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Hidden table caption inserted for accessibility: Images, text and links for OUT OF CONTROL A 15-YEAR BATTLE AGAINST CONTROL UNIT PRISONS by Nancy Kurshan.
 

OUT OF CONTROL: A 15-YEAR BATTLE
AGAINST CONTROL UNIT PRISONS

 

11. Joining the Work: 1988

AIDS flyer
Flyer for AIDS Forum

 


The History of Marion Prison from Freedom Archives on Vimeo


Introduction to Marion Prison from Freedom Archives on Vimeo.  

By 1988 the work was multifaceted, with many participants involved. In January we joined with ACT-UP Chicago to sponsor a forum on AIDS in prison. ACT-UP, a primarily gay and lesbian organization, was driving a movement to redefine how the world viewed the epidemic and gay people in general. In the process, people were open to rethinking many aspects of society, including the criminal justice system, and so were willing to join with us. We, in turn, were eager to show our solidarity with their fight. Ferd Eggan had been a key member of PFOC before quitting our organization, partly because of criticisms he voiced about our homophobia, and partly to work more effectively as a founding member of ACT-UP Chicago. Despite our differences, we were able to work together on this program and other activities. (Ferd passed away in 2007. You can read more about his extraordinary life.)

Many people continued to respond to the control unit work and make it their own. Dave Dellinger did not just speak at a program and then turn his back. He continued to use his platform to speak up about control units. From his home in Vermont, he wrote an article about Marion and Lexington for the March issue of Fellowship magazine entitled “Playing with Prisoners’ Minds.”  Dave, a staunch pacifist, wrote the following:

Those of us who advocate and practice nonviolent methods of liberation cannot wash our hands of those who currently see no hope in such methods. As Gandhi said, “It is better to resist injustice violently than not to resist at all.” If some of the victims of our society and their supporters turn to violent methods, the fault is partly ours—for tolerating the society that victimizes them. And for having failed until now to develop nonviolent methods of resistance to—and liberation from—injustice, to the point where such people will be able to see nonviolent methods as more effective than the violent struggles in which a few of the prisoners at Marion and Lexington have engaged. One of the many areas in which to do this is in the struggle to close down the Marion and Lexington Control Units.

We were beginning to break through to the mass media. In February Dan Rather did an extended segment on CBS News. Danny Schechter, an activist I knew back in my 1960s yippie days, was now a producer for the ABC television newsmagazine 20/20. Danny was far too radical for ABC to last for long, but he did manage to produce a segment about Marion, “America’s Toughest Prison,” with Hugh Downs and Barbara Walters on March 18, 1988. The 20/20 reporter Tom Jarriel was actually granted access to the prisoners at Marion, and although the point of view of the prison bureaucrats was present in the report as well, the voice of the prisoners came across strong, sometimes chillingly. One prisoner reported:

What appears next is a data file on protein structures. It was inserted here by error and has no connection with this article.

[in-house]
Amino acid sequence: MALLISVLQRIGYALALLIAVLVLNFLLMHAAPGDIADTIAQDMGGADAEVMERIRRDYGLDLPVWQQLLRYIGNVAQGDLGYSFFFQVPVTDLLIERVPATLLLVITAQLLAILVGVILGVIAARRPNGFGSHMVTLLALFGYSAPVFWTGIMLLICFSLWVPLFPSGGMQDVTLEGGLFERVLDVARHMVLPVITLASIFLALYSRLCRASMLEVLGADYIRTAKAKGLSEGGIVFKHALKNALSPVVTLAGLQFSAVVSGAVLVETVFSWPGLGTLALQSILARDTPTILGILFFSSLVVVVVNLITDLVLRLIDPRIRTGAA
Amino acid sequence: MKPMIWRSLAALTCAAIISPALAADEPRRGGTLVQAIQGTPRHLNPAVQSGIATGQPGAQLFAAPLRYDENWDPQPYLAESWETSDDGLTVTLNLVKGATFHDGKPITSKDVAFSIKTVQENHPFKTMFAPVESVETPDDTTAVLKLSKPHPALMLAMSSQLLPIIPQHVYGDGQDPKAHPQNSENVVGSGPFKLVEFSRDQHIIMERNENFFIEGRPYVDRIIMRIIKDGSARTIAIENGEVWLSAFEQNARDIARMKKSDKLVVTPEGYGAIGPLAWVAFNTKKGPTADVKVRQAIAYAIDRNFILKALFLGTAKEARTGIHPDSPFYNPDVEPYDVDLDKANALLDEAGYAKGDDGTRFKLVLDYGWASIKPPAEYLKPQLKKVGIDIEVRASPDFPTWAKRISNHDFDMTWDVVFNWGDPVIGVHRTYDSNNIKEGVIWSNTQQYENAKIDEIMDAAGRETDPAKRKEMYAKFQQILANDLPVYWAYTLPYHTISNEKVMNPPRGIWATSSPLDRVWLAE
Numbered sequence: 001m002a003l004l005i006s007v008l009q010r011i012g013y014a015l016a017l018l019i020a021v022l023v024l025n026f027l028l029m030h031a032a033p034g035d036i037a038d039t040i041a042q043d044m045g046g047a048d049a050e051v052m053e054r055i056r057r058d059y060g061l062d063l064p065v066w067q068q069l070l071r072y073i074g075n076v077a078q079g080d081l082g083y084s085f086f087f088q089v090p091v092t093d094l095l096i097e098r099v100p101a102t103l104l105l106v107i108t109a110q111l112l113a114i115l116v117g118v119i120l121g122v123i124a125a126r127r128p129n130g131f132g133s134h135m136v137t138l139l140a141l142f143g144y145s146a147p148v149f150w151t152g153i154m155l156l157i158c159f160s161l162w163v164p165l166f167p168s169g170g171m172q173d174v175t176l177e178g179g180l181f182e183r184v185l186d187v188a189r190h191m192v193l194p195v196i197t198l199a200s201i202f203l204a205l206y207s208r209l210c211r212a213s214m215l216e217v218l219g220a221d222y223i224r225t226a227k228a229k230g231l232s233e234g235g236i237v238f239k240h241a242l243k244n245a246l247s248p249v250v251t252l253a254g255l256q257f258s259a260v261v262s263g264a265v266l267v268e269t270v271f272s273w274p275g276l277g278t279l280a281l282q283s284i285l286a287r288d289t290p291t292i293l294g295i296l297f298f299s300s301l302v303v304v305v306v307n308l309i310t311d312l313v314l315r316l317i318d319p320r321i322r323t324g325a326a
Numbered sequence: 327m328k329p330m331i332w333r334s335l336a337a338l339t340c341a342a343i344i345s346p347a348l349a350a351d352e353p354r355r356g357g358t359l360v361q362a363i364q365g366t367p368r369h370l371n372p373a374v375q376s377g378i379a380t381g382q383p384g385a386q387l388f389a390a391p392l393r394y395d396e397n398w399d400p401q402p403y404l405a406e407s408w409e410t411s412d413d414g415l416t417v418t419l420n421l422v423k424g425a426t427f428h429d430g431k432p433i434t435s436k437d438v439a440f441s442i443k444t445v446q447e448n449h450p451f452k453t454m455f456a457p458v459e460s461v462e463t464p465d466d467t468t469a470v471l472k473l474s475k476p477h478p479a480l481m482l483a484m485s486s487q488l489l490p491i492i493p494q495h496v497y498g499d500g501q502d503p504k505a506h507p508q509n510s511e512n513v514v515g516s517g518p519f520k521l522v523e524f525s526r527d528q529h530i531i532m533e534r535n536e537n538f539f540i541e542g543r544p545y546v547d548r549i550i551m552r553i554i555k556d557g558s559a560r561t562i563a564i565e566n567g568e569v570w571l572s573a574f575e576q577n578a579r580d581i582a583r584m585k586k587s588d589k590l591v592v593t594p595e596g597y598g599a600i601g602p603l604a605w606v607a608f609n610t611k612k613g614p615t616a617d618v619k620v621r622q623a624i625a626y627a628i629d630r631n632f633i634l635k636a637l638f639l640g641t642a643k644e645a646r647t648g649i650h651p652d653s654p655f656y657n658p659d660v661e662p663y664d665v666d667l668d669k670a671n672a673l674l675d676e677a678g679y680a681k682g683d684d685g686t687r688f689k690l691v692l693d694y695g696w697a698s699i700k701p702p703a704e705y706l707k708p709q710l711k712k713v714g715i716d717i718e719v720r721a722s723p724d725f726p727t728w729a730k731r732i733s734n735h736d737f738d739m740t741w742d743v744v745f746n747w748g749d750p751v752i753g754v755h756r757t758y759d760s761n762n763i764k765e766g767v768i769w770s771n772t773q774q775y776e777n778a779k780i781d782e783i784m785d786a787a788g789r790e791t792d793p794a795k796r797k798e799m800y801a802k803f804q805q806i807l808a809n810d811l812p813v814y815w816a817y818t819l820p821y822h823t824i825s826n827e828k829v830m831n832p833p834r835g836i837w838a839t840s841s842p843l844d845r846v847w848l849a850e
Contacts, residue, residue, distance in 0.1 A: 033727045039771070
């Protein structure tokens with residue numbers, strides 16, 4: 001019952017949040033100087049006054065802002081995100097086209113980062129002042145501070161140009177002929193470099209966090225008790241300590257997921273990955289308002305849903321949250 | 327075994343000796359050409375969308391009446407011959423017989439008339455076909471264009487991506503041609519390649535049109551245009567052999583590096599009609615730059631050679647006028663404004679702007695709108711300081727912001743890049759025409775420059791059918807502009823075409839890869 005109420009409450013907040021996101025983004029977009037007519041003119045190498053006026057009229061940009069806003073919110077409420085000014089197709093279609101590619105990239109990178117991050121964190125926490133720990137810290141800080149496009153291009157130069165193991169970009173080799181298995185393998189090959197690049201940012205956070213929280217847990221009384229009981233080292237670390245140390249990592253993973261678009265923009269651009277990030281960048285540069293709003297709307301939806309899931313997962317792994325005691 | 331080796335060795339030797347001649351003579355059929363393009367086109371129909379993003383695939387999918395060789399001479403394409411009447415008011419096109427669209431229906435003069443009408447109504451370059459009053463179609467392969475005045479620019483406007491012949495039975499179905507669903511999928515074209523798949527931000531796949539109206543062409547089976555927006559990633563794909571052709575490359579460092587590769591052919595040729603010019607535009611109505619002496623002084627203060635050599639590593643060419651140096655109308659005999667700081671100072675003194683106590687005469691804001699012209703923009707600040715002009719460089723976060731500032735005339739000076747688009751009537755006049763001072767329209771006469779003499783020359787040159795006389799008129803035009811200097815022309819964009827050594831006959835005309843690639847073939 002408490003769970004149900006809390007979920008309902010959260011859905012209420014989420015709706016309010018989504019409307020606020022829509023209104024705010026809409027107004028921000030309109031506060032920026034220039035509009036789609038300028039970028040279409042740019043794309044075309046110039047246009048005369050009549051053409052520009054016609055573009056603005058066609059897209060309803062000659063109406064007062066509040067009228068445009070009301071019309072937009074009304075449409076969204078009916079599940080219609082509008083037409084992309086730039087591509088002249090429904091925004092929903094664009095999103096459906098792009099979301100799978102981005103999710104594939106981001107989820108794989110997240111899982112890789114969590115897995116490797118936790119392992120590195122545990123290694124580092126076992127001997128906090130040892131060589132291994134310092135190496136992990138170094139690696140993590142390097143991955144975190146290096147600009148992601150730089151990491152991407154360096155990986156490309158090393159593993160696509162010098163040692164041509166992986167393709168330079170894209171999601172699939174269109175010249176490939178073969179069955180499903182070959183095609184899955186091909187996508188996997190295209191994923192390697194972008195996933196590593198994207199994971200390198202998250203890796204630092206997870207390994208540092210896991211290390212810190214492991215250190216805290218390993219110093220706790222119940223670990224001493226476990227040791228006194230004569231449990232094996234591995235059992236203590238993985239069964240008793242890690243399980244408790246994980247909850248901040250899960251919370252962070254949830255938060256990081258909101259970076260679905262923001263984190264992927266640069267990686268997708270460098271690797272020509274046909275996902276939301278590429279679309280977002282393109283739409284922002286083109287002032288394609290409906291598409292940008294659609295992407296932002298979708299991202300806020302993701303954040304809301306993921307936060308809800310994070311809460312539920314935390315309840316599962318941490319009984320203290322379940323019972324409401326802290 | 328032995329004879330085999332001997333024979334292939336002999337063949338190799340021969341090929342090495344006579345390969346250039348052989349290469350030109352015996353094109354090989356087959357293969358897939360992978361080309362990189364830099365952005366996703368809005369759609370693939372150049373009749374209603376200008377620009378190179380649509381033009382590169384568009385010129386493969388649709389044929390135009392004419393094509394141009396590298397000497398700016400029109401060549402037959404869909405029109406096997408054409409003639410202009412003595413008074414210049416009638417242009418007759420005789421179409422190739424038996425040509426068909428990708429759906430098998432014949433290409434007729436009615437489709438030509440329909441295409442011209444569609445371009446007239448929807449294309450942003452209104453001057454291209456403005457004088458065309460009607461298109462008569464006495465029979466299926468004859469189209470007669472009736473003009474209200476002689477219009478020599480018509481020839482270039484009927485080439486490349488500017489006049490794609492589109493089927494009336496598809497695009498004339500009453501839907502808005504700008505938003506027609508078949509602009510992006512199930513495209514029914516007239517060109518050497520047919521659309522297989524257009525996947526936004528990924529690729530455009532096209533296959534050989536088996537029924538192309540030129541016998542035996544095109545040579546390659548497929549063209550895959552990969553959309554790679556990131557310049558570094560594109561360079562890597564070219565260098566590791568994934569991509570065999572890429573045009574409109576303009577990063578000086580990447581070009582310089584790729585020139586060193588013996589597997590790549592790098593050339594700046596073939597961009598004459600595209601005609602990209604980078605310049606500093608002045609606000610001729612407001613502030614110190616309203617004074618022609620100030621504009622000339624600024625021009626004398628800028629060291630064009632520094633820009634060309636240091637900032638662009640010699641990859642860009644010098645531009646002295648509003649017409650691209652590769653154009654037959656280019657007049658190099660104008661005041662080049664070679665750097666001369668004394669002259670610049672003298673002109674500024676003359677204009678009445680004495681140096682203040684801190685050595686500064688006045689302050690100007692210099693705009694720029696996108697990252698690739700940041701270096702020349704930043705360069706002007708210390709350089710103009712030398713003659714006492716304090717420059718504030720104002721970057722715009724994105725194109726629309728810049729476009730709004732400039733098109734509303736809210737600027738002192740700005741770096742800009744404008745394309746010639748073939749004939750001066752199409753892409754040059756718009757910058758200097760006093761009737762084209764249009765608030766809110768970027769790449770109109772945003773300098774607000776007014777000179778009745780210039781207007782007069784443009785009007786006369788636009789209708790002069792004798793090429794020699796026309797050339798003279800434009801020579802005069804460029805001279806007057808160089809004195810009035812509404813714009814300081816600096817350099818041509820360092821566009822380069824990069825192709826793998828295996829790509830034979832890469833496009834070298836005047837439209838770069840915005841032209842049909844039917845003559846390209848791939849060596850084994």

I believe I spend most of my time dwelling on revenge. This is something that actually invades my dreams and, when I’m conscious, in my wakening hours. I realize it was just a dream and probably just the manifestations of my frustrations from being in here but I also realize there’s some guys going to be weak and they’re not going to be able to differentiate reality from dreams. And maybe when they leave here they might enact these dreams, see? And that’s why we speaking of madness—this is madness—because I have no business dreaming dreams like the dreams I have.

Jarriel also referred to the Amnesty International condemnation and interviewed David Hale, the former prison guard who offered:

I have been a prison guard for 13 years. I have beat inmates who have assaulted guards—they were aggressive inmates—but after the lockdown at Marion we went cell to cell and they beat inmates who were ideal inmates, had never caused the staff any trouble. It was just retaliation got out of hand.

The 20/20 piece prompted Michael Quinlan, Director of the Bureau  of Prisons, to write a critical letter to Danny Schechter directly, which in turn led Danny to respond with a detailed 7½ page letter. Quinlan parried with a four-page letter of attempted damage control. While he was at it, he also sent off a letter to the President of ABC objecting to a Today Show’s piece on the Lexington Control Unit. (See letters.)

It became clear that although the word about the inhuman control unit conditions at Marion was getting out, the federal government was making no move toward change, or even dialogue. On the contrary, they were digging in their heels and actively touting Marion as a model, actively promoting the proliferation of control units. As the 20/20 report revealed, 20 states were looking at Marion as a model.

In April the appeal of the denial of the prisoners’ class action suit was heard in the 7th Circuit Court of Appeals. We printed thousands of flyers, distributing them throughout the city, and that morning we gave flyers to everyone entering the building for work, inviting them to the hearing. About 100 people joined us, and a good deal of media attention was generated. The Chicago Tribune, three TV stations and four radio stations, including NPR, all ran stories utilizing parts of our statements. Most referred not only to the barbaric conditions, but also to Marion’s special role in holding political prisoners and the racist nature of the prison system for which Marion was the capstone. We wrote “A Brief Report on the April 1 Appeals Hearing.”